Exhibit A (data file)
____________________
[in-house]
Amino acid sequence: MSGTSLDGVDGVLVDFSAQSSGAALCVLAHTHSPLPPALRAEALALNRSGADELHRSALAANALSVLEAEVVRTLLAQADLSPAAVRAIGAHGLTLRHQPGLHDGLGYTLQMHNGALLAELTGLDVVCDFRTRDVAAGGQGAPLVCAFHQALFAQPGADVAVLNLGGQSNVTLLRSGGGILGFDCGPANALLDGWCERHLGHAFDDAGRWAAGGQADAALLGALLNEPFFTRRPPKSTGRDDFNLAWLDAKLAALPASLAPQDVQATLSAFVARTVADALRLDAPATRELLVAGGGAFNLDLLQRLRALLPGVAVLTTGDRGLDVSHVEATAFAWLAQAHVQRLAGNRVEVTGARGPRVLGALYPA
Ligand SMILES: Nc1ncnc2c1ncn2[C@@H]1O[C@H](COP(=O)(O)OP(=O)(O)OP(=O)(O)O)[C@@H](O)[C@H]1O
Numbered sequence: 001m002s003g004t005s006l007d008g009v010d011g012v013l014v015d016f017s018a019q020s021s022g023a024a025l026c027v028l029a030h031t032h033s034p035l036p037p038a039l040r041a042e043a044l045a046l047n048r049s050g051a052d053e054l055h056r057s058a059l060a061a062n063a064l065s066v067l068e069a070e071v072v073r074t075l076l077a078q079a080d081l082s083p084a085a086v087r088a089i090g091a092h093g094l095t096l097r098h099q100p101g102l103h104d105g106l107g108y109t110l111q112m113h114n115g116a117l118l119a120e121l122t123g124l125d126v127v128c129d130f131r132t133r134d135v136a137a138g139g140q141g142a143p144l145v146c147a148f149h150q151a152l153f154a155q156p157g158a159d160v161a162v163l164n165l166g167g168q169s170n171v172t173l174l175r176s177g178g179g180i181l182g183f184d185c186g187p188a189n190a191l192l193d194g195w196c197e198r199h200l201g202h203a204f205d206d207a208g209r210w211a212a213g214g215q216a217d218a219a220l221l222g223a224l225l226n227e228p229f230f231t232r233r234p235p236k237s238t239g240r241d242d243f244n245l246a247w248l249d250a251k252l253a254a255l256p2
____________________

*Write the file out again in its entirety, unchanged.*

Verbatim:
[in-house]
Amino acid sequence: MSGTSLDGVDGVLVDFSAQSSGAALCVLAHTHSPLPPALRAEALALNRSGADELHRSALAANALSVLEAEVVRTLLAQADLSPAAVRAIGAHGLTLRHQPGLHDGLGYTLQMHNGALLAELTGLDVVCDFRTRDVAAGGQGAPLVCAFHQALFAQPGADVAVLNLGGQSNVTLLRSGGGILGFDCGPANALLDGWCERHLGHAFDDAGRWAAGGQADAALLGALLNEPFFTRRPPKSTGRDDFNLAWLDAKLAALPASLAPQDVQATLSAFVARTVADALRLDAPATRELLVAGGGAFNLDLLQRLRALLPGVAVLTTGDRGLDVSHVEATAFAWLAQAHVQRLAGNRVEVTGARGPRVLGALYPA
Ligand SMILES: Nc1ncnc2c1ncn2[C@@H]1O[C@H](COP(=O)(O)OP(=O)(O)OP(=O)(O)O)[C@@H](O)[C@H]1O
Numbered sequence: 001m002s003g004t005s006l007d008g009v010d011g012v013l014v015d016f017s018a019q020s021s022g023a024a025l026c027v028l029a030h031t032h033s034p035l036p037p038a039l040r041a042e043a044l045a046l047n048r049s050g051a052d053e054l055h056r057s058a059l060a061a062n063a064l065s066v067l068e069a070e071v072v073r074t075l076l077a078q079a080d081l082s083p084a085a086v087r088a089i090g091a092h093g094l095t096l097r098h099q100p101g102l103h104d105g106l107g108y109t110l111q112m113h114n115g116a117l118l119a120e121l122t123g124l125d126v127v128c129d130f131r132t133r134d135v136a137a138g139g140q141g142a143p144l145v146c147a148f149h150q151a152l153f154a155q156p157g158a159d160v161a162v163l164n165l166g167g168q169s170n171v172t173l174l175r176s177g178g179g180i181l182g183f184d185c186g187p188a189n190a191l192l193d194g195w196c197e198r199h200l201g202h203a204f205d206d207a208g209r210w211a212a213g214g215q216a217d218a219a220l221l222g223a224l225l226n227e228p229f230f231t232r233r234p235p236k237s238t239g240r241d242d243f244n245l246a247w248l249d250a251k252l253a254a255l256p2